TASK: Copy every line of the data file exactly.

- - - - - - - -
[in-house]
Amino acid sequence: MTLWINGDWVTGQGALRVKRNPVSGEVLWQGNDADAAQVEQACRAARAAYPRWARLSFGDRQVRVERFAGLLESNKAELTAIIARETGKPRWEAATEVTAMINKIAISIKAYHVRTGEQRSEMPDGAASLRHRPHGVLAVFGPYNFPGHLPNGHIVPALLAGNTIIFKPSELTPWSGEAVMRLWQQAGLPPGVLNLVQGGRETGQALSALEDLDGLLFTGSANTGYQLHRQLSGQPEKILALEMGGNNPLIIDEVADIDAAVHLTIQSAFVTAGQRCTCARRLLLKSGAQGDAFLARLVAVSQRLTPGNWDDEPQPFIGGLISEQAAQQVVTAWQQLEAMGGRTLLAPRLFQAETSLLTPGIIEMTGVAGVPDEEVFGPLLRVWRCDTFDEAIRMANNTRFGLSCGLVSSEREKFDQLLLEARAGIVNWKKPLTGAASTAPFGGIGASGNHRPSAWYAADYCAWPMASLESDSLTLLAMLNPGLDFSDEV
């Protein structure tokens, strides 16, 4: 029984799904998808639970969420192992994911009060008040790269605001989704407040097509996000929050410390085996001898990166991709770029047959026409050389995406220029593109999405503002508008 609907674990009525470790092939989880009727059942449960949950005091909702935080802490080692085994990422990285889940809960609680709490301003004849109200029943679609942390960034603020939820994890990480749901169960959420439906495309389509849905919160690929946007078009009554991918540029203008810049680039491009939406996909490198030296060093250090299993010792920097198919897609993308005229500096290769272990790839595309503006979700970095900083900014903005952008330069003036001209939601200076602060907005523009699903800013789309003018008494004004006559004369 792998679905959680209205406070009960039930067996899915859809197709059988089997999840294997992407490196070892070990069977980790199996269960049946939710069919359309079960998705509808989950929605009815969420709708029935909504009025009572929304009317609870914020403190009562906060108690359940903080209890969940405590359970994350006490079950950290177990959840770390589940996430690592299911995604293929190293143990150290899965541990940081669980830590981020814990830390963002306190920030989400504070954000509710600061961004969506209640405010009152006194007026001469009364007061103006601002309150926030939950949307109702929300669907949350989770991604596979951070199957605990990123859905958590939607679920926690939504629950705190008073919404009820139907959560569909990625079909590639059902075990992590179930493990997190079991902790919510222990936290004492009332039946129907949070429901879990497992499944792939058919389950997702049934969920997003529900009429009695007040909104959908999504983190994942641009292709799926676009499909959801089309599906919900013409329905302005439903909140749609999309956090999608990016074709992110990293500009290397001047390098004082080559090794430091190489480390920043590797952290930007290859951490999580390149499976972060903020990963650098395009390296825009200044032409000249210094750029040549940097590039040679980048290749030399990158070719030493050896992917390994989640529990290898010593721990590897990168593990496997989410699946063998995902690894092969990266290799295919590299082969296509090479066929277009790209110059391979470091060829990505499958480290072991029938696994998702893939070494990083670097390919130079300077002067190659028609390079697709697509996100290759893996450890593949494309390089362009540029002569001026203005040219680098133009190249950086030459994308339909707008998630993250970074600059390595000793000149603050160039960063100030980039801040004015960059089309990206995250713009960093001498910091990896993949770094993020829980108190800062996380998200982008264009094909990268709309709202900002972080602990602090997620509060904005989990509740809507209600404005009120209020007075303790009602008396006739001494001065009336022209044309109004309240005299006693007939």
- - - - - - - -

[in-house]
Amino acid sequence: MTLWINGDWVTGQGALRVKRNPVSGEVLWQGNDADAAQVEQACRAARAAYPRWARLSFGDRQVRVERFAGLLESNKAELTAIIARETGKPRWEAATEVTAMINKIAISIKAYHVRTGEQRSEMPDGAASLRHRPHGVLAVFGPYNFPGHLPNGHIVPALLAGNTIIFKPSELTPWSGEAVMRLWQQAGLPPGVLNLVQGGRETGQALSALEDLDGLLFTGSANTGYQLHRQLSGQPEKILALEMGGNNPLIIDEVADIDAAVHLTIQSAFVTAGQRCTCARRLLLKSGAQGDAFLARLVAVSQRLTPGNWDDEPQPFIGGLISEQAAQQVVTAWQQLEAMGGRTLLAPRLFQAETSLLTPGIIEMTGVAGVPDEEVFGPLLRVWRCDTFDEAIRMANNTRFGLSCGLVSSEREKFDQLLLEARAGIVNWKKPLTGAASTAPFGGIGASGNHRPSAWYAADYCAWPMASLESDSLTLLAMLNPGLDFSDEV
């Protein structure tokens, strides 16, 4: 029984799904998808639970969420192992994911009060008040790269605001989704407040097509996000929050410390085996001898990166991709770029047959026409050389995406220029593109999405503002508008 609907674990009525470790092939989880009727059942449960949950005091909702935080802490080692085994990422990285889940809960609680709490301003004849109200029943679609942390960034603020939820994890990480749901169960959420439906495309389509849905919160690929946007078009009554991918540029203008810049680039491009939406996909490198030296060093250090299993010792920097198919897609993308005229500096290769272990790839595309503006979700970095900083900014903005952008330069003036001209939601200076602060907005523009699903800013789309003018008494004004006559004369 792998679905959680209205406070009960039930067996899915859809197709059988089997999840294997992407490196070892070990069977980790199996269960049946939710069919359309079960998705509808989950929605009815969420709708029935909504009025009572929304009317609870914020403190009562906060108690359940903080209890969940405590359970994350006490079950950290177990959840770390589940996430690592299911995604293929190293143990150290899965541990940081669980830590981020814990830390963002306190920030989400504070954000509710600061961004969506209640405010009152006194007026001469009364007061103006601002309150926030939950949307109702929300669907949350989770991604596979951070199957605990990123859905958590939607679920926690939504629950705190008073919404009820139907959560569909990625079909590639059902075990992590179930493990997190079991902790919510222990936290004492009332039946129907949070429901879990497992499944792939058919389950997702049934969920997003529900009429009695007040909104959908999504983190994942641009292709799926676009499909959801089309599906919900013409329905302005439903909140749609999309956090999608990016074709992110990293500009290397001047390098004082080559090794430091190489480390920043590797952290930007290859951490999580390149499976972060903020990963650098395009390296825009200044032409000249210094750029040549940097590039040679980048290749030399990158070719030493050896992917390994989640529990290898010593721990590897990168593990496997989410699946063998995902690894092969990266290799295919590299082969296509090479066929277009790209110059391979470091060829990505499958480290072991029938696994998702893939070494990083670097390919130079300077002067190659028609390079697709697509996100290759893996450890593949494309390089362009540029002569001026203005040219680098133009190249950086030459994308339909707008998630993250970074600059390595000793000149603050160039960063100030980039801040004015960059089309990206995250713009960093001498910091990896993949770094993020829980108190800062996380998200982008264009094909990268709309709202900002972080602990602090997620509060904005989990509740809507209600404005009120209020007075303790009602008396006739001494001065009336022209044309109004309240005299006693007939």